Tuesday, 28 July 2009

Base metal prices surge

It is good to see base metal prices on the rise.
Copper prices have surged to a ten month high, boosted by growing optimism about economic growth and demand in China. Copper has hit $5,646 per tonne on the LME, up $125 from Friday.
Aluminium prices are also up to $1,855 per tonne, a gain of more than 40% since February and the highest level since November.
Nickel and zinc also hit ten month highs of $17,ooo and $1,740 per tonne respectively.

Sunday, 26 July 2009

More faces from the past

Thanks again to all those who have put me in touch with Nchanga metallurgists from the early 70s. The photo on the left was taken in the Nchanga weight-lifting club in 1971. I am pictured (right) with fellow metallurgists Doug Edmunds and Vic Bryant.
Doug later became the founder of the World's Strongest Man competition, and is currently (see photo right) founder and Director of IFSA Projects, the first world governing body in the strongman sport.
Vic Bryant is now a consultant with Micon International Ltd in Canada.

Tuesday, 21 July 2009

Science debunks global warming again?

MEI has received by email an article containing views on global warming that some will find very controversial and politically driven. I would be interested in any views on this, as the need to reduce carbon emissions impacts on every industry, particularly the minerals and metals industries.

The article was sent by Dr. Jerome Corsi, of Red Alert, a weekly, global financial strategies newsletter.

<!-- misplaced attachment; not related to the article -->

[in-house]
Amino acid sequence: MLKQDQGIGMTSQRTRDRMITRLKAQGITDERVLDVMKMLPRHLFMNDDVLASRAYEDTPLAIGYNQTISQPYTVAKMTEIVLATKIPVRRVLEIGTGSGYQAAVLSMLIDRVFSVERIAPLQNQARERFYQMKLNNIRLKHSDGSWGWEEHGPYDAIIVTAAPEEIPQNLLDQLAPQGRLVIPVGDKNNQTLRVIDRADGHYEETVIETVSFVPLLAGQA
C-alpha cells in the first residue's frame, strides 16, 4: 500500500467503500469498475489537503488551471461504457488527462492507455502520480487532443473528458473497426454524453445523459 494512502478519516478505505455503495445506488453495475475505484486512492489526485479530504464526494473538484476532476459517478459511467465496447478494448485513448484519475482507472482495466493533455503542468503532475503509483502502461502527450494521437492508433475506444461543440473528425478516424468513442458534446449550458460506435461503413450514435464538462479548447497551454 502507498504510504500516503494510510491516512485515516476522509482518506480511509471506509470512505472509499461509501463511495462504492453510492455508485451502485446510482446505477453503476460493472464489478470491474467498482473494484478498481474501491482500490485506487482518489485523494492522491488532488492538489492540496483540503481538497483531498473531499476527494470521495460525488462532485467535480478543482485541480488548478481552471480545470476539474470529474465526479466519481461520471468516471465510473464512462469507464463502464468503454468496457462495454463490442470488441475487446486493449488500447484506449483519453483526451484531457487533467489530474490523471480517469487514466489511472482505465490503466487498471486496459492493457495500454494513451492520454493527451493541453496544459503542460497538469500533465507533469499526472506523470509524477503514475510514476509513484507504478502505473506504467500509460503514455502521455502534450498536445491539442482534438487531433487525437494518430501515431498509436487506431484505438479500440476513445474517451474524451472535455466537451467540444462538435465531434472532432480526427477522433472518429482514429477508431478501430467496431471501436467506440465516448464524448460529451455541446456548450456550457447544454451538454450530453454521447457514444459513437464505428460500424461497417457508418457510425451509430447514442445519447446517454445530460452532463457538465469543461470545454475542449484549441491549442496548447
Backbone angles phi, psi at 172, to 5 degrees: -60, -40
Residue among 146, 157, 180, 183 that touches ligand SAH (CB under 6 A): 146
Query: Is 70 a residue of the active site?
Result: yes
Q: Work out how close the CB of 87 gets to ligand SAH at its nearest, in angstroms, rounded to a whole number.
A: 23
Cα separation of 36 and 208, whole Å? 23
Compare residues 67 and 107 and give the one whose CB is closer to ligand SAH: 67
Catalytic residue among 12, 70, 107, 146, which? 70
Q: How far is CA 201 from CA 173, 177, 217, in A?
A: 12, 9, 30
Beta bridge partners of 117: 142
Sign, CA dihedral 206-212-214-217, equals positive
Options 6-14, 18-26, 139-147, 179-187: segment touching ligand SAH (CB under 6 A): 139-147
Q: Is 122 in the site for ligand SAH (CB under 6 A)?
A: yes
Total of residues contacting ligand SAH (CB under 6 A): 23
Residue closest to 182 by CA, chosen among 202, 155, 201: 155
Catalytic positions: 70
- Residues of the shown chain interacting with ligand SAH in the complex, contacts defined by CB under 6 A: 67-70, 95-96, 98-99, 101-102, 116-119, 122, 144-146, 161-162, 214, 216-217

“Now that Al Gore has admitted that an agenda to drive global governance stands behind global warming hysteria, another inconvenient scientific paper has been published challenging the assumptions of the United Nations Intergovernmental Panel on Climate, or IPCC, that carbon emissions are the culprit.The study, which was published July 13 in the peer-reviewed scientific journal Nature Geoscience, suggested that the U.N. scientists' best predictions about carbon dioxide producing global warming might be incorrect, according to a press release from Rice University.The study involved an analysis of the Palaeocene-Eocene thermal maximum, or PETM, a well-documented period of rapid global warming 55 million years ago in which the globe's ice caps melted."In a nutshell, theoretical models cannot explain what we observe in the geological record," oceanographer Gerald Dickens, a co-author of the study and a professor of earth science at Rice University said in the press release. "There appears to be something fundamentally wrong with the way temperature and carbon are linked in climate models."The Rice University press release pointed out that during the PETM, for reasons that are still unknown, the amount of carbon dioxide in the earth's atmosphere rose dramatically, while average temperatures worldwide rose about 13 degrees Fahrenheit, in the relatively short global span of about 10,000 years.In a study titled "Carbon dioxide forcing alone insufficient to explain Palaeocene-Eocene Thermal Maximum warming," the scientists determined that the carbon dioxide in the atmosphere increased by about 70 percent during the PETM.Carbon dioxide levels are believed to have risen about one-third since the start of the industrial revolution.Global warming hysterics typically postulate that the consumption of hydrocarbon fuels will cause carbon dioxide in the atmosphere to double within the next century or two.Still, the scientists in this new study found that using the PETA carbon data, the models used by U.N. IPCC scientists could only explain about half of the warming that the earth experienced during PETM 55 million years ago."We conclude that in addition to direct carbon dioxide forcing, other processes and/or feedbacks that the warming during the Palaeocene-Eocene Thermal Maximum," the scientists wrote. "Once these processes have been identified, their potential effect on future climate change needs to be taken into account.""Some feedback loop or other processes that aren't accounted for in these models the same ones used by the IPCC for current best estimates of 21st century warming caused a substantial portion of the warming that occurred during the PETM," Dickens emphasized in the press release.Red Alert has previously reported that in the ideological determination to see cap-and-trade legislation passed at any cost, the Obama administration has censored the release of a report by Environmental Protection Agency physicist and economist Alan Carlin that questioned IPCC scientific assumptions by pointing out global temperatures are currently on an 11-year downward trend, despite increased levels of carbon dioxide emissions.Red Alert has also reported that under tight questioning from Oklahoma's Republican Sen. James Inhofe, EPA Administrator Lisa Jackson, appearing before the Senate Environment Public Works Committee, confirmed that an Environmental Protection Agency chart did show that unilateral U.S. actions to reduce greenhouse gas emissions would have absolutely no effect whatsoever on the global climate. Meaningful emission reductions on a global basis can only occur if China, India and the developed nations go along.Red Alert continues to note that climatologist Cliff Harris and meteorologist Randy Mann have created on their website LongRangeWeather a chart that shows the tremendous fluctuations in global temperature that have occurred since 2500 B.C., the vast majority of which cannot possibly have anything to do with man-made causes.Remember, global warming hysterics not only have to prove the earth is getting warming; the burden of proof is to demonstrate that human activity is the cause of global warming. Red Alert continues to argue that global warming and climate change hysteria are a political agenda of the Obama administration and the political Left, not indisputable science.”